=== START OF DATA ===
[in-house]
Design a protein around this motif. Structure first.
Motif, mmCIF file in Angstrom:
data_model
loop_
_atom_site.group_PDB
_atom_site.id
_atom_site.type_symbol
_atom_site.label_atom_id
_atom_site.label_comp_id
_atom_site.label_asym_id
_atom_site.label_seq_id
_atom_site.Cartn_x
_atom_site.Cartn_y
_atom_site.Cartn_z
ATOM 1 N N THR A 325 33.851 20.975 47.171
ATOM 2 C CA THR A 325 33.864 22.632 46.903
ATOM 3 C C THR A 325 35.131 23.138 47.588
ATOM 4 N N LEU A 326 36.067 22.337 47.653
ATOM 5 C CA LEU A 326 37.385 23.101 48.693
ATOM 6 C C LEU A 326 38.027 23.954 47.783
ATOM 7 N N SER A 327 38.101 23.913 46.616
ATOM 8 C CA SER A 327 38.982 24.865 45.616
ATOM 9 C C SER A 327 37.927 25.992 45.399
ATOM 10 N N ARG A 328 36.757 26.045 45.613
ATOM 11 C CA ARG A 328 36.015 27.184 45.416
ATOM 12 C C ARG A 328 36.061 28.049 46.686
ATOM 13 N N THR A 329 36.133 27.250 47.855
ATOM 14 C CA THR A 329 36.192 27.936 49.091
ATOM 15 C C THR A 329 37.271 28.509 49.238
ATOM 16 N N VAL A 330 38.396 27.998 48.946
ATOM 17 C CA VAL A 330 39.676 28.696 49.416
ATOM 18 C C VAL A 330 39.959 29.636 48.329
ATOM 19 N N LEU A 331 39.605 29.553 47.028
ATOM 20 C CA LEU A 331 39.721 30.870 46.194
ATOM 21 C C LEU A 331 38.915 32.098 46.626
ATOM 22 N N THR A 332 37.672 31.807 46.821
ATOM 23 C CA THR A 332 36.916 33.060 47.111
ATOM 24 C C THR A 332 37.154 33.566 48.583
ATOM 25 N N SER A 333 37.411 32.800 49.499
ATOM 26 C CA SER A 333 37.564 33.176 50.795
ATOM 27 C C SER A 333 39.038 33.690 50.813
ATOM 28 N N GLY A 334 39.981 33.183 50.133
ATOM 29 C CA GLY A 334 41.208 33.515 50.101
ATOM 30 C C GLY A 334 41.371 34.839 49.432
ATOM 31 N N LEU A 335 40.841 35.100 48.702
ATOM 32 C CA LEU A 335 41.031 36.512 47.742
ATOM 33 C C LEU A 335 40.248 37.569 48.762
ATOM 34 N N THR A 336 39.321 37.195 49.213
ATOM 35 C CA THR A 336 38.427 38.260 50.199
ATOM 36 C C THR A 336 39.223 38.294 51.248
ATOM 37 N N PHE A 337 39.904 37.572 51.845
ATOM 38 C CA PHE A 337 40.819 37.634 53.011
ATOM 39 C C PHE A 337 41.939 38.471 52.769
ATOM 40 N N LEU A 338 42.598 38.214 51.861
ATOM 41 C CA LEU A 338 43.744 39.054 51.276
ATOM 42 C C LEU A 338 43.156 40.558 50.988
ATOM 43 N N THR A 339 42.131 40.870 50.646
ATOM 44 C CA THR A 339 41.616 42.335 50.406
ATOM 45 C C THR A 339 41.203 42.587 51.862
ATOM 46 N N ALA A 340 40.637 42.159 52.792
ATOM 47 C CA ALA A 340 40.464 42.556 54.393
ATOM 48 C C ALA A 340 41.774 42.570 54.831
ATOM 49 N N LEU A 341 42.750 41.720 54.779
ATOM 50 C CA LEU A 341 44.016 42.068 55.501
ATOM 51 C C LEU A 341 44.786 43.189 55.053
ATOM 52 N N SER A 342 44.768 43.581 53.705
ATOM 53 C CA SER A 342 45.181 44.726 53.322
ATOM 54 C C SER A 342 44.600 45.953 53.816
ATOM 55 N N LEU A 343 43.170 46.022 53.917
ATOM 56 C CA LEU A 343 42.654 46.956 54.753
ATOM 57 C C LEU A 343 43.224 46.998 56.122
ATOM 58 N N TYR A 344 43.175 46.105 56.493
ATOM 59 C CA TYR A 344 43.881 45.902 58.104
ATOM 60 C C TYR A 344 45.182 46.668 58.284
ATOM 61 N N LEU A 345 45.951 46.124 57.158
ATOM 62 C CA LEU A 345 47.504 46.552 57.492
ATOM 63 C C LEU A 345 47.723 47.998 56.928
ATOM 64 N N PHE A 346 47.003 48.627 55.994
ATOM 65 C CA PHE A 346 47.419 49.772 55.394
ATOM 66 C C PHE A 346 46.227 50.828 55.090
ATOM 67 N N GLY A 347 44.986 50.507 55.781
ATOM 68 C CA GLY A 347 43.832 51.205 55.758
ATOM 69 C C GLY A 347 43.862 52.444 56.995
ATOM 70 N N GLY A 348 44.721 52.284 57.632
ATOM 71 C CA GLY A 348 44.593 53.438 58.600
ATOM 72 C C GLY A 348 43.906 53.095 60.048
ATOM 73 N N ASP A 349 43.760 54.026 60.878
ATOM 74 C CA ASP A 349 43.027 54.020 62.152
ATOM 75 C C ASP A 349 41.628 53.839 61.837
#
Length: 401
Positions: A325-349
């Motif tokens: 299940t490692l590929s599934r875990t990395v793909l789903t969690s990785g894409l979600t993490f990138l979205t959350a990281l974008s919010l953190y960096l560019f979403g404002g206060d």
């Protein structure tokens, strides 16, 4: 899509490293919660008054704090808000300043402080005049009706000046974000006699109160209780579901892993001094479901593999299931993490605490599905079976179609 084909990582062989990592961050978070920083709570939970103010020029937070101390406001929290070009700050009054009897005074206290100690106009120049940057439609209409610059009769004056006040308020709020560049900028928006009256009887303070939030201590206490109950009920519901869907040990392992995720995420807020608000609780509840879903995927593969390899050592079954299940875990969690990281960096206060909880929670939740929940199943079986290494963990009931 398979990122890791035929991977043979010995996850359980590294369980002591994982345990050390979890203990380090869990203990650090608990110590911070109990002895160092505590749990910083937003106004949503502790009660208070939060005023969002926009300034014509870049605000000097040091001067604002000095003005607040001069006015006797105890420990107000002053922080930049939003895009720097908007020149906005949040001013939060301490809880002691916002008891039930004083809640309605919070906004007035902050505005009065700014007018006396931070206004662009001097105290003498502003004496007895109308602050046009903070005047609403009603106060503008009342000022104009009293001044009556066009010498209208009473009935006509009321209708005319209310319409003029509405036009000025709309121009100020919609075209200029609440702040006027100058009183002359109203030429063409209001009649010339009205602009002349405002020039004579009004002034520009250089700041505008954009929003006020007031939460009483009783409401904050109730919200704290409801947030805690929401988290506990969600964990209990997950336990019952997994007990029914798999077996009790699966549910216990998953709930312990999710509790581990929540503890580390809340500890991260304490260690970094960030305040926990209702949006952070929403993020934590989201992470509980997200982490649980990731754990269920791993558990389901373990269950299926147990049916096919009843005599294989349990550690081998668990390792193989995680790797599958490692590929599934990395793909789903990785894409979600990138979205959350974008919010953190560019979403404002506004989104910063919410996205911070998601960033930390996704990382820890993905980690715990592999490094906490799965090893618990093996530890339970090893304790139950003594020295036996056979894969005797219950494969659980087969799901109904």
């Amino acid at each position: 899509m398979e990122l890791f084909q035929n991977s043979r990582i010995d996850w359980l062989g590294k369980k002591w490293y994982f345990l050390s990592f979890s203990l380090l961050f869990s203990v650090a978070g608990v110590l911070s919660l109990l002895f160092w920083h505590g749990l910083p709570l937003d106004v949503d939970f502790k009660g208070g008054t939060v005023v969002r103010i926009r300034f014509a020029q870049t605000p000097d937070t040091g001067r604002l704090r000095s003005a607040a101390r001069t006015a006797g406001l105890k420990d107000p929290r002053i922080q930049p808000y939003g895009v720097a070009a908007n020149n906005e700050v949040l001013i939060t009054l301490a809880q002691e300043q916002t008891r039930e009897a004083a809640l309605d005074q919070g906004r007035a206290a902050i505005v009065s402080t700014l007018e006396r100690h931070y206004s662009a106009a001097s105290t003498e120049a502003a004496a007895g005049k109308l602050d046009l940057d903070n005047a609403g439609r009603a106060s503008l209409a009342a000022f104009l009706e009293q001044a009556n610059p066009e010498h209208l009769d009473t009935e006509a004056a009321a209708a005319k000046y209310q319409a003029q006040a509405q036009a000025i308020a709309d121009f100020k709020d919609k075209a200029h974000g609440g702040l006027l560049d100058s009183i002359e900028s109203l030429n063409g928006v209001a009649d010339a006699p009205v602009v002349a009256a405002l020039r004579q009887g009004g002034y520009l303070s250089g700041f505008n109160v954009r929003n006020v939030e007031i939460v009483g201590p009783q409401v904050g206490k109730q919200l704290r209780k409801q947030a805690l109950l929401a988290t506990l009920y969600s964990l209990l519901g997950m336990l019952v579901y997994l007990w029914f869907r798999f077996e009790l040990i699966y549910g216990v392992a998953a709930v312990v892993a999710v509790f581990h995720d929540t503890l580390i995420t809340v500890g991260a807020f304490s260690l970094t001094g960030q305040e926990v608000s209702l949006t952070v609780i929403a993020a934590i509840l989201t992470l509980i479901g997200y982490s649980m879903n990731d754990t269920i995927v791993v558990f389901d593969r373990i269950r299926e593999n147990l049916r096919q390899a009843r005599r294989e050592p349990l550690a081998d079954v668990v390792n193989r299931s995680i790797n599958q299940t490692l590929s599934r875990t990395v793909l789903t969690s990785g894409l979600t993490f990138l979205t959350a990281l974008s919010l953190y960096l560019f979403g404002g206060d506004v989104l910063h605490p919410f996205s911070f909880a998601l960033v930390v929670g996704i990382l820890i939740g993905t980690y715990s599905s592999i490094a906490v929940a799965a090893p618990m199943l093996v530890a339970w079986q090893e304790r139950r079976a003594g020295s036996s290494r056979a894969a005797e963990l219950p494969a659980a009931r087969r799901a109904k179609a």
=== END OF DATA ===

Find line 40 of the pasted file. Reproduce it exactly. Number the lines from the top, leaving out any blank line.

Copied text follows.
ATOM 25 N N SER A 333 37.411 32.800 49.499